Bystander 27 is a superhero novel told from the point-of-view of an everyday man. Jon Hayes is an ordinary Joe, or as ordinary as a Joe can be if he’s an ex-Navy Seal who’s seen action in South America and the Middle East. While Hayes might be a normal enough guy, the parallel New York City he resides in is populated with a roster of superpowered heroes and villains — “costumes” in the parlance of this alternate world — who regularly duke it out in confrontations across the city.
The superhero mythology in Bystander 27 leans more toward the tongue-in-cheek and goofy variety than the visceral and brooding type. Think Spiderman, not Watchmen. Villains such as Morgan Le Fey summon faeries and transform swathes of New York into medieval landscapes; heroes such as Captain Light fight off flying saucers and invading aliens. Physics and logic are mere afterthoughts. Jon’s world is what you might call “deep cartoon” territory.
It’s always going to be a big ask to write a novel where the protagonist is an everyday man in a world dominated by superpowered stars. How do you make this average guy relevant in a world where the heavy hitters can rip holes in the fabric of space and time?
This novel tackles the problem by loosely structuring itself as a mystery: something is fishy with the whole superhero/supervillain caper, and it’ll take an average guy – a bystander – to crack it open. Jon’s impetus for investigating is born when his wife dies as a consequence of a battle between two top-tier “costumes”. During the battle, Hayes’ pregnant wife is summarily flattened by a helicopter knocked out of the sky by the villain Jade Shade in a confrontation with Captain Light.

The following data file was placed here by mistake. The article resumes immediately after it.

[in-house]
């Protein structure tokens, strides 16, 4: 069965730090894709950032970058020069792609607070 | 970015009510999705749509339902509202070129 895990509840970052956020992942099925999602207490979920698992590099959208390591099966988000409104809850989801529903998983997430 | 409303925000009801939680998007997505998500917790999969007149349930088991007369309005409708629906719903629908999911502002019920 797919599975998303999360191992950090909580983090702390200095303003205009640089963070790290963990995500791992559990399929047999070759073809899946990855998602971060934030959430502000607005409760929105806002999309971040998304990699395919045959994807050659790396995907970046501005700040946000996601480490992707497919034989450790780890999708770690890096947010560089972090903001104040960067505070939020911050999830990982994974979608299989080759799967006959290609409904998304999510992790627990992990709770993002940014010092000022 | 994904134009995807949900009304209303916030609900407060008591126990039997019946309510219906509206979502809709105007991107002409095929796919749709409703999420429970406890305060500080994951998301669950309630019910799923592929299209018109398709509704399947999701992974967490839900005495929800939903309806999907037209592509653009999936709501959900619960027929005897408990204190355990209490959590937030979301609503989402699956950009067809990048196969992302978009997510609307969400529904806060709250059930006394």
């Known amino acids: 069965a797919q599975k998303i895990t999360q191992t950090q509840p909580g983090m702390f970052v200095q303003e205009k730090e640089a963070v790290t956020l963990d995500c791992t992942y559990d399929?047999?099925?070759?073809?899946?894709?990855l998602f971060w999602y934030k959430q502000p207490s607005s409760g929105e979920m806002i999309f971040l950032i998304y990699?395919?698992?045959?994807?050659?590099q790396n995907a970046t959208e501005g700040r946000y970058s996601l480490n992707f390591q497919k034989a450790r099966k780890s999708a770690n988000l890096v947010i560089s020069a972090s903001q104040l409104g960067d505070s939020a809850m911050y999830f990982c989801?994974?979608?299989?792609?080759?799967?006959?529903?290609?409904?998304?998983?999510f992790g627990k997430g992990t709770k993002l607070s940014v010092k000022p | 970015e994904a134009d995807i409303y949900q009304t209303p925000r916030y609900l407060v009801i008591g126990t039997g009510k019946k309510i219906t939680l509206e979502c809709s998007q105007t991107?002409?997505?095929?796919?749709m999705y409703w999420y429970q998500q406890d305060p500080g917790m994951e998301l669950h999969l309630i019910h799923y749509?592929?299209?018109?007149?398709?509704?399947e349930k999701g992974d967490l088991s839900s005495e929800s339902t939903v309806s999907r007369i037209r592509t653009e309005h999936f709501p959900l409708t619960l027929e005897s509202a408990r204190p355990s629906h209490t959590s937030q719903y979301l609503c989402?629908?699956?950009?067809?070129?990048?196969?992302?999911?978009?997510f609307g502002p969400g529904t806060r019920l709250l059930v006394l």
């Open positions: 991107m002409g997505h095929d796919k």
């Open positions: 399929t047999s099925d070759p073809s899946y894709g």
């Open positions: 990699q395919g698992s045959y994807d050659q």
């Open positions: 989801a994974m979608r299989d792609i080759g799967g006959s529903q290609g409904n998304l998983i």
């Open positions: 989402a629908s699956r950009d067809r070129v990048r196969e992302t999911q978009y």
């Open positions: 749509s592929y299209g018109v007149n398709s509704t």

Haunted by her death, Hayes channels his grief into an obsession with the “costumes” who routinely devastate the boroughs of his city. His obsession leads him to trawl through reams of video footage capturing “costumes” in action, and during one of these sessions he finds, impossibly, the faces of himself, his wife, and a version of his unborn daughter in one of the crowds. What does this mean? Is someone meddling with time, with the fabric of reality? Is there a deeper conspiracy at work?
I definitely got undertones of Garth Ennis’ The Boys, in that we have an average man being inducted into the shady world of the superpowered, although The Boys is much darker and cynical in its worldview. Hayes is also very much a loner in his feud with the “costumes”; he doesn’t have a mentor like Butcher to initiate him into a life of lawless mayhem. In fact there is only a skeletal supporting cast of characters in the novel. Jon has no close friends to speak of with his social interactions being limited to generally brusque and businesslike exchanges.
Oddly—and perhaps subversively—there is no single arch-antagonist spanning the whole narrative of the novel. Jon is fighting the system as a whole, or the system as he perceives it, which is one where costumed heroes and villains duke it out with no regard for the common citizens, the little people like him and his dead wife. That said, he certainly engages in his share of fisticuffs with assorted foes, but these are set-piece confrontations and not a struggle against a larger, hidden foe.
There is much to like about the novel. The flashy battles between “costumes” where Jon is a bit player or mere spectator, or the fights between Jon and “costumes” he’s targeted, are well-written, action-packed and genuinely entertaining. There’s an inherent blockbuster thrill to scenes that showcase ludicrous catastrophe and off-the-wall escapades that are only possible in a world where people can bend time, fly, and wrench helicopters out of the sky.
That said, Jon’s motivation never feels sufficiently robust to carry him through the novel. What he actually wants, his purpose, often seems nebulous, even towards the climax. He doesn’t want revenge, he doesn’t want to find a way to return his dead wife to the living, and solving the mystery of the faces in the crowd doesn’t unflaggingly motivate him, either. The mystery aspect rubs shoulders somewhat uneasily with Jon’s desire to confront Captain Light over the death of his wife.
His introverted character is part and parcel of who he is in the novel, but this enforced isolation limits his development somewhat and makes him a difficult guy to get behind and cheer for.
If you’re a superhero comic book fan Bystander 27 is definitely worth a look, with the caveat that the novel is cut from a different mould to the classic hero vs villain superhero tale. However, those not so enamoured with superheroes may find Hayes’ escapades a little too unrelatable.
Read Bystander 27 by Rik Hoskin